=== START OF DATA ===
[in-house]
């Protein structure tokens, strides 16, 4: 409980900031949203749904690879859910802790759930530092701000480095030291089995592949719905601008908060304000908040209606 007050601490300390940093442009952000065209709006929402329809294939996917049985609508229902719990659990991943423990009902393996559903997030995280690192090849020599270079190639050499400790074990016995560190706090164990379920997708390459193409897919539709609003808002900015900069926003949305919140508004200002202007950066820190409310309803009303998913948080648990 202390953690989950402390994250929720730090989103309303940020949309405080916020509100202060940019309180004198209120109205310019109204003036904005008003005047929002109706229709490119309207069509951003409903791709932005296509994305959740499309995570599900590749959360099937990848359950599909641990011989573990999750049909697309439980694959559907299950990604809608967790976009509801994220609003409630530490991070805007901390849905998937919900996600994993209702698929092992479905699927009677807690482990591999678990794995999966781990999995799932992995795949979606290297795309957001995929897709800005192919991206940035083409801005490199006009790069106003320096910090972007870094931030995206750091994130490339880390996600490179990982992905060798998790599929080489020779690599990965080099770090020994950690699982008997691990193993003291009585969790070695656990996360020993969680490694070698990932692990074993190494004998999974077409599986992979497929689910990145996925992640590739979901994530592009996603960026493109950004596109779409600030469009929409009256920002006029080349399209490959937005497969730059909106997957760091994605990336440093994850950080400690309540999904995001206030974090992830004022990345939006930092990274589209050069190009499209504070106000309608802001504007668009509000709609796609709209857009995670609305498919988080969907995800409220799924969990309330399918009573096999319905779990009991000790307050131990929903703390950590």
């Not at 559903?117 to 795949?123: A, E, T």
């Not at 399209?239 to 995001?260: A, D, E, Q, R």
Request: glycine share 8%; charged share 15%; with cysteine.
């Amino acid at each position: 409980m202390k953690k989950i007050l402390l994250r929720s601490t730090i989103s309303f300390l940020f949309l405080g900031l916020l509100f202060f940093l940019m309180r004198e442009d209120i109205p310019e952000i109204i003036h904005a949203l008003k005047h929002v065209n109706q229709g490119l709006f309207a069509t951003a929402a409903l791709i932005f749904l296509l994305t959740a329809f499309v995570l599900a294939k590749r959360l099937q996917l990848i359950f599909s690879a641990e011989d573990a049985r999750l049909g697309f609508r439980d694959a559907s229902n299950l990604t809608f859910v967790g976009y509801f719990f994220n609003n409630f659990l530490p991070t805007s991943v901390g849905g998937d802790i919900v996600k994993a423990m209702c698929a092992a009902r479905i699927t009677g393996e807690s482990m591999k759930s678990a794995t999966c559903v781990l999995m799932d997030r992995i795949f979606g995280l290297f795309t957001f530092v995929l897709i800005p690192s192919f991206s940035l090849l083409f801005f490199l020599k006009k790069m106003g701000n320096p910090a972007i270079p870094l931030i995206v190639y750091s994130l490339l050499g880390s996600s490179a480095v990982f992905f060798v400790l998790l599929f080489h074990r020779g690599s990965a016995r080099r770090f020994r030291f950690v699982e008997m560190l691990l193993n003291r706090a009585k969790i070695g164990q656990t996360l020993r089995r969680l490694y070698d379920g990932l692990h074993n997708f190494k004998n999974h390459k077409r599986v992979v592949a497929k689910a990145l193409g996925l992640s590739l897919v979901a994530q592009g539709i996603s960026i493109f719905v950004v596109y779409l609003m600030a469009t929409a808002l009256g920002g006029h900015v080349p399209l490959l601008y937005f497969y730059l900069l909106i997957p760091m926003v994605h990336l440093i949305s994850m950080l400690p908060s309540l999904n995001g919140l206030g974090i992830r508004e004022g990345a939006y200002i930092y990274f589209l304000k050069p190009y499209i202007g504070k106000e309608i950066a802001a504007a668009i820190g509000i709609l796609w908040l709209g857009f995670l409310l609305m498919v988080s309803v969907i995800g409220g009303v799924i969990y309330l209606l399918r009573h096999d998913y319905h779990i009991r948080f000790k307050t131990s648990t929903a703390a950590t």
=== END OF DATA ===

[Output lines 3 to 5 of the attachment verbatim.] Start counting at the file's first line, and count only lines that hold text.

């Not at 559903?117 to 795949?123: A, E, T």
């Not at 399209?239 to 995001?260: A, D, E, Q, R």
Request: glycine share 8%; charged share 15%; with cysteine.